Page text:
An Apple a day keeps the Doctor away! This proverb, taught in school about The Forbidden fruit that, it's so easy to overlook their amazing and unique health benefits about such commonly-consumed fruits.
Late summer and early fall is a peak time for apples, farms mostly allow for picking during this time.
Look for firm fruits with rich coloring. Red and Golden Delicious are among the sweetest apples. Brae burn and Fuji apples are slightly tart, and Graven stein, Pippin and Granny Smith apples are the most tart, but retain their texture best during cooking.
Rinse apples under clear running water like you would any fruit to wash away any pesticides used for the tree. Don't peel the skin unless the recipe you have chosen requires peeled apples. To prevent browning when slicing apples for a recipe, simply put the slices in a bowl of cold water to which a spoonful of lemon juice has been added.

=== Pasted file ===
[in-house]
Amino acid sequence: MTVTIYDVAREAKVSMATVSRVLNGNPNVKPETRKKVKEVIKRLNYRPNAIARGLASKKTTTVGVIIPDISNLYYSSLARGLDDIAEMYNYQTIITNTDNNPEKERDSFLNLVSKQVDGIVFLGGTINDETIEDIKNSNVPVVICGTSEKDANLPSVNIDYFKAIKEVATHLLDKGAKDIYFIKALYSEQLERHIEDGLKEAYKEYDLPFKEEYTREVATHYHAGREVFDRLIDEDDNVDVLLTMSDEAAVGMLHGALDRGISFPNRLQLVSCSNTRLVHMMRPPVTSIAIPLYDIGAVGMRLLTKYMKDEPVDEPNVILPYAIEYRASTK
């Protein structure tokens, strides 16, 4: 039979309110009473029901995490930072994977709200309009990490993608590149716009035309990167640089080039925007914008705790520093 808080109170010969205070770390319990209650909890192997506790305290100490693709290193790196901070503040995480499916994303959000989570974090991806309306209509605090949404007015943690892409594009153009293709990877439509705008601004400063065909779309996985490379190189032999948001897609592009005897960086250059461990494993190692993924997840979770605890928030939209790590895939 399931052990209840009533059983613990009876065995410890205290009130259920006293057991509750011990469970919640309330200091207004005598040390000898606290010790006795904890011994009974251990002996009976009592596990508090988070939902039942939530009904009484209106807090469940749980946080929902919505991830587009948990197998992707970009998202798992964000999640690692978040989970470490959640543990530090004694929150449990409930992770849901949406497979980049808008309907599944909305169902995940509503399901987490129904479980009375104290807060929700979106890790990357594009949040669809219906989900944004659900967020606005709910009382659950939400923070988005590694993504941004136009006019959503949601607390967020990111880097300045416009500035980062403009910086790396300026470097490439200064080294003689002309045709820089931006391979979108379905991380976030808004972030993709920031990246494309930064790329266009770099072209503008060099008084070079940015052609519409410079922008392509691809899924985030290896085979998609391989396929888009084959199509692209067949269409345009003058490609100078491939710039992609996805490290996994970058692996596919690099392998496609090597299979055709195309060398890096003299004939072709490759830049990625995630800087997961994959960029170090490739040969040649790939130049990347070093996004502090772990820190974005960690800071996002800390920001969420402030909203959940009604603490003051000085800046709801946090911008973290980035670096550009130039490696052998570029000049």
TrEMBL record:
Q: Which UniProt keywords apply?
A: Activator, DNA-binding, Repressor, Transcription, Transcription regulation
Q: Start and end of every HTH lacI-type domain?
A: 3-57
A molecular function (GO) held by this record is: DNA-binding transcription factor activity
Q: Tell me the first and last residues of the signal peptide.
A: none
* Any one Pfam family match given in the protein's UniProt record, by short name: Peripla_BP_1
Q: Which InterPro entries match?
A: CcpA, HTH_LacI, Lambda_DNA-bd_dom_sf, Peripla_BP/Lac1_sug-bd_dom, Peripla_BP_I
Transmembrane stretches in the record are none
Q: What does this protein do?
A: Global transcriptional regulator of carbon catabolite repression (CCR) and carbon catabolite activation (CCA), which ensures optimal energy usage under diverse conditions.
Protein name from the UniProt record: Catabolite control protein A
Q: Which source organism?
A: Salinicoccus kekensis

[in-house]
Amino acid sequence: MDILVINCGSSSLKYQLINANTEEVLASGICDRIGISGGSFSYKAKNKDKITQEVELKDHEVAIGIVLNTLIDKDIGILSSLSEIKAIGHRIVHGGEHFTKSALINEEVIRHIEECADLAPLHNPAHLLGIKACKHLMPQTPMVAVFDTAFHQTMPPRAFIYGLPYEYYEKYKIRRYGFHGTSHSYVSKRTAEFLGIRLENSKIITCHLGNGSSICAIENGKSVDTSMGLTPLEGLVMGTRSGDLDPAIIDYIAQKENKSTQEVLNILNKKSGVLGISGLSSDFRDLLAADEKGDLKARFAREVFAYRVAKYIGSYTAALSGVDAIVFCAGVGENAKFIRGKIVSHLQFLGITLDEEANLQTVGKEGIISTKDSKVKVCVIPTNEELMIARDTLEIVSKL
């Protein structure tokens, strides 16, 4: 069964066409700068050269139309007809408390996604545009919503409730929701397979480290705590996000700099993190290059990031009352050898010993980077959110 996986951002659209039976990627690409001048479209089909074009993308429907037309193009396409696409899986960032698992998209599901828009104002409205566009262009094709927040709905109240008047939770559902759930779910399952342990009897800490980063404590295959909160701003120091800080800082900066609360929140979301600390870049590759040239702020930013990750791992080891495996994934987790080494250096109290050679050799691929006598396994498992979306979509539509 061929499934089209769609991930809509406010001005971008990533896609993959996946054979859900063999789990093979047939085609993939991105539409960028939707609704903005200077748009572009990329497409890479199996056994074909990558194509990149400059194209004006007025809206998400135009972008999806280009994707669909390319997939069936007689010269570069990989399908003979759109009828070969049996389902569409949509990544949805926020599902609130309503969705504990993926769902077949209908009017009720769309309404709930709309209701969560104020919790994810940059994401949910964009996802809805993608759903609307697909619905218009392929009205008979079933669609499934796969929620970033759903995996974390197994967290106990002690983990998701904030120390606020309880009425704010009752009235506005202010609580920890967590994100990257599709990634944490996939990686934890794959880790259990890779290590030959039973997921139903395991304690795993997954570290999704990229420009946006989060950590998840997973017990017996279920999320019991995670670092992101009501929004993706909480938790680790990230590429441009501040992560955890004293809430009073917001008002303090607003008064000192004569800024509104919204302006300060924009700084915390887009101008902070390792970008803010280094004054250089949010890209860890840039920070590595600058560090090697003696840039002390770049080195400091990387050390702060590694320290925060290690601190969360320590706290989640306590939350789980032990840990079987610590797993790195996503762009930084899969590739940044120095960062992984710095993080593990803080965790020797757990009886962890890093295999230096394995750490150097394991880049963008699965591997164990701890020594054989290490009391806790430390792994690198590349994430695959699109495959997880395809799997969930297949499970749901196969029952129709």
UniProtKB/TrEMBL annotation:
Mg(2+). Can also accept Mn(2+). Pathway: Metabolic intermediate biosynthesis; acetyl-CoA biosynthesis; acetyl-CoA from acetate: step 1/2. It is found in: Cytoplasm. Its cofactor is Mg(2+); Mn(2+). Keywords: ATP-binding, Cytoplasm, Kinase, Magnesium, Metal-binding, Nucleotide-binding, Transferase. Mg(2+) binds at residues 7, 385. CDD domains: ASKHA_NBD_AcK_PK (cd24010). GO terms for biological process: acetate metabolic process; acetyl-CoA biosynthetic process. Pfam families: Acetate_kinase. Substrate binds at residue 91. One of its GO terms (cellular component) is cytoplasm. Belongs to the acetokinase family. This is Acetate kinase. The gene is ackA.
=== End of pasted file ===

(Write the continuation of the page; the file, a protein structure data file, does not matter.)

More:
In addition to being eaten raw, apples are a wonderful addition to a variety of recipes from salads to baked goods.
Add diced apples to fruit or green salads.
Apples are used to make cider (unpasteurized) and juice.
Puréed apples are generally known as apple sauce, mostly used as baby food. Peel, slice and cook in a cup of water till the apple is very soft, mash with a spoon, add cinnamon powder and brown sugar as needed. Store is air tight container.
Apples are an important ingredient in many desserts such as apple pie, crumble and apple cake. They are often eaten baked. Apples are also made into apple jelly.
Summer treats of candy apple (coated in a hard shell of crystallized sugar syrup), and caramel apples coated with cooled caramel are attractions in parks and theme parks.
Sliced apples can be saved in the freeze in plastic bags or containers.
Apples are a good source of dietary fiber and vitamin C.
Most of the apple's fiber is contained in its skin; choose organically grown apples whenever possible.